It’s 1973, and Ben’s parents have decided to move across the country, from Toronto to Victoria, so they can begin a huge new experiment. Not long after they arrive in Victoria, Ben’s mother comes home with a baby chimp wrapped in a blanket. Ben’s parents are both scientists, and they want to try to teach this chimp to use sign language and, ultimately, to live as a human.
Ben is reluctant at first, but as he spends more time with the chimp (who they call Zan, as in short for Tarzan), he begins to feel affection and even love. Ben’s parents encourage him to look at Zan as one of the family, and after a while Ben considers Zan to be his little brother.
And that’s why, when Zan’s future suddenly becomes uncertain, and Ben’s father shows that he is not on the same page as the rest of his family when it comes to Zan’s role in their lives, Ben will do anything to save him.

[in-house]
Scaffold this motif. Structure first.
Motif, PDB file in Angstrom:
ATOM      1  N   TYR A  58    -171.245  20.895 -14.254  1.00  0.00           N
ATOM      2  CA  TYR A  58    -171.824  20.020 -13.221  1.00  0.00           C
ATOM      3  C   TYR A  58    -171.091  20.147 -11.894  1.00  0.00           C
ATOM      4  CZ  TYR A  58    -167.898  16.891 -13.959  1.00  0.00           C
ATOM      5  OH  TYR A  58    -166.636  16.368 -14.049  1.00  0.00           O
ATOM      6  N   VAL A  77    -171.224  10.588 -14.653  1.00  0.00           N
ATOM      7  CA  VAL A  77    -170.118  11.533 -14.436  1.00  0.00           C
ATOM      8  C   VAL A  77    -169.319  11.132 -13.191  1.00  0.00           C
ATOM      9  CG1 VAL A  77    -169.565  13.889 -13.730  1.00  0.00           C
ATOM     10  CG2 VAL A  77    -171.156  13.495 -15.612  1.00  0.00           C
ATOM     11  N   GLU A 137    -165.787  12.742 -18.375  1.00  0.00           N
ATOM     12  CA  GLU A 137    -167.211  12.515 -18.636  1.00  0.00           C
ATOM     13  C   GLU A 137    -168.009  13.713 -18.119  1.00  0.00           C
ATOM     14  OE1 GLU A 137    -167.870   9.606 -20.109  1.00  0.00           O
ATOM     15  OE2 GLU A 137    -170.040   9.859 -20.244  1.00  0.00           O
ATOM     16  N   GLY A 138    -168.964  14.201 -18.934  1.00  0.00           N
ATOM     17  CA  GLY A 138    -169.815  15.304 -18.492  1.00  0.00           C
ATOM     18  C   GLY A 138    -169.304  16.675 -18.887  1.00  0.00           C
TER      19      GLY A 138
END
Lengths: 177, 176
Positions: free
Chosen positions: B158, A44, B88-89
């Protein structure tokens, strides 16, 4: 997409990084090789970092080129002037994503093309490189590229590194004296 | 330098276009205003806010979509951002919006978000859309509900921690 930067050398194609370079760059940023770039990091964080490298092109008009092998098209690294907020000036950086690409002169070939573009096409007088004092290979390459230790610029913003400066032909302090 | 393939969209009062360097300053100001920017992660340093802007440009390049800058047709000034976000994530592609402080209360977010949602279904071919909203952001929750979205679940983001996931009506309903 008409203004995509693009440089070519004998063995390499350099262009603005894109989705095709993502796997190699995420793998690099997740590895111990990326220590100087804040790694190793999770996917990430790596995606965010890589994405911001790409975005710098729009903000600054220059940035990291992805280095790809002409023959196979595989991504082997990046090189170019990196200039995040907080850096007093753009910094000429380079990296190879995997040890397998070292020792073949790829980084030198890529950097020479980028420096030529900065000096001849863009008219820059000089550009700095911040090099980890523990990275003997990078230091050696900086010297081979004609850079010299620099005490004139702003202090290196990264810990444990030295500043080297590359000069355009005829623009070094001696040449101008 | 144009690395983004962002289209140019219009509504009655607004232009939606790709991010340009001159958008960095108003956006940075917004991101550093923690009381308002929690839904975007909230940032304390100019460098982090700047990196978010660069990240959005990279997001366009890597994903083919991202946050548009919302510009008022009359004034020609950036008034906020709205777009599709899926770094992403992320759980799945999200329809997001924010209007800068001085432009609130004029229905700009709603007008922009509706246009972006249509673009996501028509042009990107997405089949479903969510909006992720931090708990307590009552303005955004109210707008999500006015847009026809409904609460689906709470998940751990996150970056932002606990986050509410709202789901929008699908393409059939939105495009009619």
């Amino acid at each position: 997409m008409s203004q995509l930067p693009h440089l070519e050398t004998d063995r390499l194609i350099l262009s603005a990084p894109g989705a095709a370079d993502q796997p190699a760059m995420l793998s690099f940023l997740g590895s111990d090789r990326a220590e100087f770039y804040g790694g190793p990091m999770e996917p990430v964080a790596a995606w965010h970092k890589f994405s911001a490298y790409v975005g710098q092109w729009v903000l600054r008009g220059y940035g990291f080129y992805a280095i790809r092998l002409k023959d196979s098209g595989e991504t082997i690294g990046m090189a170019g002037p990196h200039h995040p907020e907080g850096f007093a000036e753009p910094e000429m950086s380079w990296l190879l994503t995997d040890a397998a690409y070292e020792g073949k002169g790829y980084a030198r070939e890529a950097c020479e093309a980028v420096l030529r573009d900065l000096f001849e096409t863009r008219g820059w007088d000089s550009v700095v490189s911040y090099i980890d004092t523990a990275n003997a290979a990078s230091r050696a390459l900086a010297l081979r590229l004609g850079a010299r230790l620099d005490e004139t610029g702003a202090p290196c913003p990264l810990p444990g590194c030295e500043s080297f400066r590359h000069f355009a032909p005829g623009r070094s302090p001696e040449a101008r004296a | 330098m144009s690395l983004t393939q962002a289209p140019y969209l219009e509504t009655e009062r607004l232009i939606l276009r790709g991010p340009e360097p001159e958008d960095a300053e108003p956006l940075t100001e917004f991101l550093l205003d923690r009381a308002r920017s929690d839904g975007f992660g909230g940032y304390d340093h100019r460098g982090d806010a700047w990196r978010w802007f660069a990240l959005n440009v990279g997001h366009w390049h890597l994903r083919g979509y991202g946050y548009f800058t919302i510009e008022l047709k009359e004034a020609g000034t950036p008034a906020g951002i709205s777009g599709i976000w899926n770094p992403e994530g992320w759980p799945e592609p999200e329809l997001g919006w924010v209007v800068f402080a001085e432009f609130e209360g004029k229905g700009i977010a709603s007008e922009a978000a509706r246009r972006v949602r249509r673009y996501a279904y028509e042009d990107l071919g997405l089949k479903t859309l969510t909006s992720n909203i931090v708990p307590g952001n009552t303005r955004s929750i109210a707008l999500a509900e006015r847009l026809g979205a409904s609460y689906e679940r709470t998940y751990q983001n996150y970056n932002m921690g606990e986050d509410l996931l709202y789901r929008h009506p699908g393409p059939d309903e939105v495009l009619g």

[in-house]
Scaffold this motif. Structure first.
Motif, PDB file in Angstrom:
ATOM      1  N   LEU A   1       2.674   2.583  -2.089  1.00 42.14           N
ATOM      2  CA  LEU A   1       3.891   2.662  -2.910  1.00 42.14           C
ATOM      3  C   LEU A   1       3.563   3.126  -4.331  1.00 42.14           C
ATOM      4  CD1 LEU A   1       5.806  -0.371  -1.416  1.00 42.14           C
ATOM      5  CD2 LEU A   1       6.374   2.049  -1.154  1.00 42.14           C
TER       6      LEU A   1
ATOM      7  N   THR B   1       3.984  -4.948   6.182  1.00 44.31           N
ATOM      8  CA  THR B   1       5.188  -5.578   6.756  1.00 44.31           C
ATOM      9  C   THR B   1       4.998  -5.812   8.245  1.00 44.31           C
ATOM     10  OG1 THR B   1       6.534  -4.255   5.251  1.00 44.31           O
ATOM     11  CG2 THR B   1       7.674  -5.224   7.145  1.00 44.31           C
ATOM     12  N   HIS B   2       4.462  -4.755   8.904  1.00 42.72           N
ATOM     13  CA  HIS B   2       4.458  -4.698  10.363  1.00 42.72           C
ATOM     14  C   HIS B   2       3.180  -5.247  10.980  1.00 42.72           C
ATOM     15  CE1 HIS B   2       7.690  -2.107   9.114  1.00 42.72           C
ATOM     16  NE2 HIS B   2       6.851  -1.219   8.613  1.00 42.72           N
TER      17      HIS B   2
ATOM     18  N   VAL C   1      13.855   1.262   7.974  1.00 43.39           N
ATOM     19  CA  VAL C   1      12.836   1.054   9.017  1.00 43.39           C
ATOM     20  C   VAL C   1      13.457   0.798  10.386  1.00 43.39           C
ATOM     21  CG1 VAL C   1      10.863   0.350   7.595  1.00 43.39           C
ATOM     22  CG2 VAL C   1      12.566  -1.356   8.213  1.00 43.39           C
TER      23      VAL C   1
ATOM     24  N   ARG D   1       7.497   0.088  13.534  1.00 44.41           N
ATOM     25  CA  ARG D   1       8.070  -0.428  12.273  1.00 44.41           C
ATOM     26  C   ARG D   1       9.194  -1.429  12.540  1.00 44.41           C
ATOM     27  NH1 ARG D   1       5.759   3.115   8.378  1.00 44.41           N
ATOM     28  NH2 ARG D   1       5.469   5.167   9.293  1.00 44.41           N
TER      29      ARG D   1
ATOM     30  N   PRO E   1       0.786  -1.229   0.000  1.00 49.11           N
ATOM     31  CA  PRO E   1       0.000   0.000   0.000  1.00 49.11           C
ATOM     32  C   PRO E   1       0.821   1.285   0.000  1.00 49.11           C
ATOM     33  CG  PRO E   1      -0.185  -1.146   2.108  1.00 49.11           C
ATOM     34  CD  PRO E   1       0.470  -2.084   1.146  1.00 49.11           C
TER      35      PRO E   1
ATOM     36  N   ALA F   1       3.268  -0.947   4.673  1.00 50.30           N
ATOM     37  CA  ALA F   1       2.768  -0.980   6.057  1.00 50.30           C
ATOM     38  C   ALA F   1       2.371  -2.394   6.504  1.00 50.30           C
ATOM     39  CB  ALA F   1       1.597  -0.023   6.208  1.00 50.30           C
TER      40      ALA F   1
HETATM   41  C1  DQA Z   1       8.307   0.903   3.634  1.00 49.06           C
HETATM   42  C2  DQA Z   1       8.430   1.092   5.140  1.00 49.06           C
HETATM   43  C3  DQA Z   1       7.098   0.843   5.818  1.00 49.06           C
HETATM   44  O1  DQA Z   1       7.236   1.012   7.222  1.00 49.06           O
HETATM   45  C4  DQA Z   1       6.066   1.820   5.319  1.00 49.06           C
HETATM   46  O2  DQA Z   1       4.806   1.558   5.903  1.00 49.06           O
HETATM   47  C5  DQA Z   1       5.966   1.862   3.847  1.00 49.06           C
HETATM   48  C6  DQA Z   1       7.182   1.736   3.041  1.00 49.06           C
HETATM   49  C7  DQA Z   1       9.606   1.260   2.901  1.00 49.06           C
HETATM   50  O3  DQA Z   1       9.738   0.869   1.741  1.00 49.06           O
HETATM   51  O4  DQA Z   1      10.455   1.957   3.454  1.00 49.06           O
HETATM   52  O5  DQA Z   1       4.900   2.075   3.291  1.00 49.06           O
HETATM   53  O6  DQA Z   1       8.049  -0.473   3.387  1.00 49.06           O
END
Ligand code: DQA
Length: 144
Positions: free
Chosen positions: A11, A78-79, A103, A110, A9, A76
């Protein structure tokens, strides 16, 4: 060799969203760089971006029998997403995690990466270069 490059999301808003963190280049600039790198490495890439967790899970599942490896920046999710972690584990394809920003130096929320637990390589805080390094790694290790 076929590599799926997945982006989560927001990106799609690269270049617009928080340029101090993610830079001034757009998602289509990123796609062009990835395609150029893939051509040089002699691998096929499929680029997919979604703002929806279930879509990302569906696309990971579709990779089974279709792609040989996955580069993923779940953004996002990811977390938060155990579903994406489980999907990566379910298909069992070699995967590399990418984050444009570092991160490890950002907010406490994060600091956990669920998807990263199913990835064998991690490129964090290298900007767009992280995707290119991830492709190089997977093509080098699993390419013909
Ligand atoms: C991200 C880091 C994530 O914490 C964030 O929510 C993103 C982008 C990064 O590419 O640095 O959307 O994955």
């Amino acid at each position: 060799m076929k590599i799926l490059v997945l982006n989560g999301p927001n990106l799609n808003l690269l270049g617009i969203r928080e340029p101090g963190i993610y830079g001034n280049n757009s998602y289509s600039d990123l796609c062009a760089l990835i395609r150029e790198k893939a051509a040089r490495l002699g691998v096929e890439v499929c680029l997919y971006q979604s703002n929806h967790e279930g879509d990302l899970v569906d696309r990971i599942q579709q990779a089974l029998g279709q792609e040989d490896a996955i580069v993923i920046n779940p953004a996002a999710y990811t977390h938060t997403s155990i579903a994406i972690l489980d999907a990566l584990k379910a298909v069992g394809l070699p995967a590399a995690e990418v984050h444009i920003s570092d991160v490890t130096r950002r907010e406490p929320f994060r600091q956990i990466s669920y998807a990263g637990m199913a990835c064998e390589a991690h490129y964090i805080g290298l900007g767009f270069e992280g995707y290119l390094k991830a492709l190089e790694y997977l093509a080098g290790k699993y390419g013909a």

When my coworker Lynn told me about this book, I was really interested because just this summer I heard the story of the real-life experiment that this novel seems to be based on – a chimp called Lucy who was raised by Dr. Maurice Temerlin and his family as a human. She learned sign language, wore clothes, made tea, and ate with silverware. As she grew towards adulthood, however, her physical strength became too much for the family to handle and she was released with a number of other chimps on a an island in Gambia to live out her life. The story was incredible. I first heard about it on a podcast called Radiolab – the episode is here if you’re interested in hearing about it or seeing photos of Lucy.
Kenneth Oppel’s book is good and Ben’s character is really charming and believable, but I wasn’t satisfied by the ending (on which I’ll let you form your own opinion!). And if you find the premise interesting, do check out Lucy’s story too.
by Kenneth Oppel
“This is how we got Zan. He was eight days old and his mother was holding him, nursing him.”